Computer tomography using a single photon (SPECT). Subtraction ictal SPECT coregistered to MRI (SISCOM), a type of SPECT test that doctors may do, may produce even more thorough data by superimposing the SPECT results with the patient's brain MRI.
Testing for the nervous system. Doctors evaluate your speech, memory, and reasoning abilities throughout these examinations.
The treatment is based on the severity of the symptoms. Your doctor may advise conservative or surgical treatment.
The majority of epileptics may go seizure-free by using one anti-seizure medicine, commonly known as an anti-epileptic drug. A combination of drugs may help some people reduce the frequency and severity of their seizures.
Many kids with epilepsy who aren't exhibiting any symptoms may ultimately be able to stop taking their medications and lead seizure-free lives. After two or more years without seizures, many individuals can stop taking their drugs. When to discontinue taking your prescriptions will be determined by your doctor.
It might be difficult to determine the proper drug and dose. While deciding which drug to give, your doctor will take into account your condition, the frequency of your seizures, your age, and other variables. To verify that the anti-epileptic drugs won't interfere with any other prescriptions you might be taking, your doctor will also review them.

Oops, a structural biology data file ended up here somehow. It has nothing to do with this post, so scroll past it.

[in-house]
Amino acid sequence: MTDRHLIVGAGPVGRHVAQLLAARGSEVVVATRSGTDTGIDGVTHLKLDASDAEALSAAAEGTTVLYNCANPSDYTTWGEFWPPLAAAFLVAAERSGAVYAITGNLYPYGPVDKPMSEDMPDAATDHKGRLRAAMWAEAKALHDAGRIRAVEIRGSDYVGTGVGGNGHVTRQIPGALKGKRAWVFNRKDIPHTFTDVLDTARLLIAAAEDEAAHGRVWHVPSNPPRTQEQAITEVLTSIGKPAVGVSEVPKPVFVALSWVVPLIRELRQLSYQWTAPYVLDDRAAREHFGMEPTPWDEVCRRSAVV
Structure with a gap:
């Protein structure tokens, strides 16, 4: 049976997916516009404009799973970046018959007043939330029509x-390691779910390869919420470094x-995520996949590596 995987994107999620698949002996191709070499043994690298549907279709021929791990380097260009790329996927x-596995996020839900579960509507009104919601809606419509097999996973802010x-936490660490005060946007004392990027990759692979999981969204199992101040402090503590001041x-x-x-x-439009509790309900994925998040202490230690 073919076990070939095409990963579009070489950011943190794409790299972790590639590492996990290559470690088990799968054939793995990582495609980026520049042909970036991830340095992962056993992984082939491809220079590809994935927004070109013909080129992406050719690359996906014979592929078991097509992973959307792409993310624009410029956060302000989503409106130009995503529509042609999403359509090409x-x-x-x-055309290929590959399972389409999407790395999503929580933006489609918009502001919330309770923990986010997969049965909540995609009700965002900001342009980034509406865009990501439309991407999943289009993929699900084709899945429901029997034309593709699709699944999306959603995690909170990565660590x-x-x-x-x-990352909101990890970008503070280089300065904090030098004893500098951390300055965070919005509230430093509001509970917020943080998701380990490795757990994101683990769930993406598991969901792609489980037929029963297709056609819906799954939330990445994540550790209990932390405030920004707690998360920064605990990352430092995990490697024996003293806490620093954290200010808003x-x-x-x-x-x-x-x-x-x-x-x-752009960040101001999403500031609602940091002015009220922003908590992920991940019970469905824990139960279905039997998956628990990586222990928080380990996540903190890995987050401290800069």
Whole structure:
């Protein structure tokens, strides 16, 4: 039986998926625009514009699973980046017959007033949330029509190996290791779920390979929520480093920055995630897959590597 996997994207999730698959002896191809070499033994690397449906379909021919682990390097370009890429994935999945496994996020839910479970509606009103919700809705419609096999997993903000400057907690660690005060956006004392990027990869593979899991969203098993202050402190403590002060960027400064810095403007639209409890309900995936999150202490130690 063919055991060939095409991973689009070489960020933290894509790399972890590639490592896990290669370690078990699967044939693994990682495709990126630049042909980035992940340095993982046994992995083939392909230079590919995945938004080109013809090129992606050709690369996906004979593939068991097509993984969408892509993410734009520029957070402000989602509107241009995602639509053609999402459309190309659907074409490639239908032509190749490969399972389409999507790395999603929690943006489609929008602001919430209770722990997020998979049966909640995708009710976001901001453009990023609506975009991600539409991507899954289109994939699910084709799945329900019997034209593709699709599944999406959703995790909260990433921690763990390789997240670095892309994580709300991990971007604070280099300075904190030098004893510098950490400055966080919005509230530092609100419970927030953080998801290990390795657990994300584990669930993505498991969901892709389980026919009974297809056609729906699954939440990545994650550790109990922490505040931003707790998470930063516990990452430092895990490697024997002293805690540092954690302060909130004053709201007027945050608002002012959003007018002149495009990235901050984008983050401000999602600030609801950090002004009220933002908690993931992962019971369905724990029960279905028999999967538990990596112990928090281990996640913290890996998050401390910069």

Some of the measures that can help to prevent epilepsy include −
Reduce the risk of brain trauma
Reduce the risk of heart disease and stroke
Get a vaccine
Hands-off cooking and safe food preparation
Maintain your health when pregnant.
As patients' clinical state may suddenly change, effective communication between interprofessional team members is crucial. To obtain the best results, this interprofessional team, which consists of primary care physicians (including PAs and NPs), specialists (such as neurologists), nurses, mental health experts, and pharmacists, must work as a cohesive unit.
Seizures can have a variety of reasons, but no matter what, the initial fundamental therapy is the same. All seizure patients need supportive care, airway, respiratory, and circulatory assessments, along with the relevant therapies.
For individuals who have had a long seizure or are still having seizures, further measures, such as medication and critical care interventions, may be required. To maximize team response, communication and collaboration with other healthcare professionals are crucial.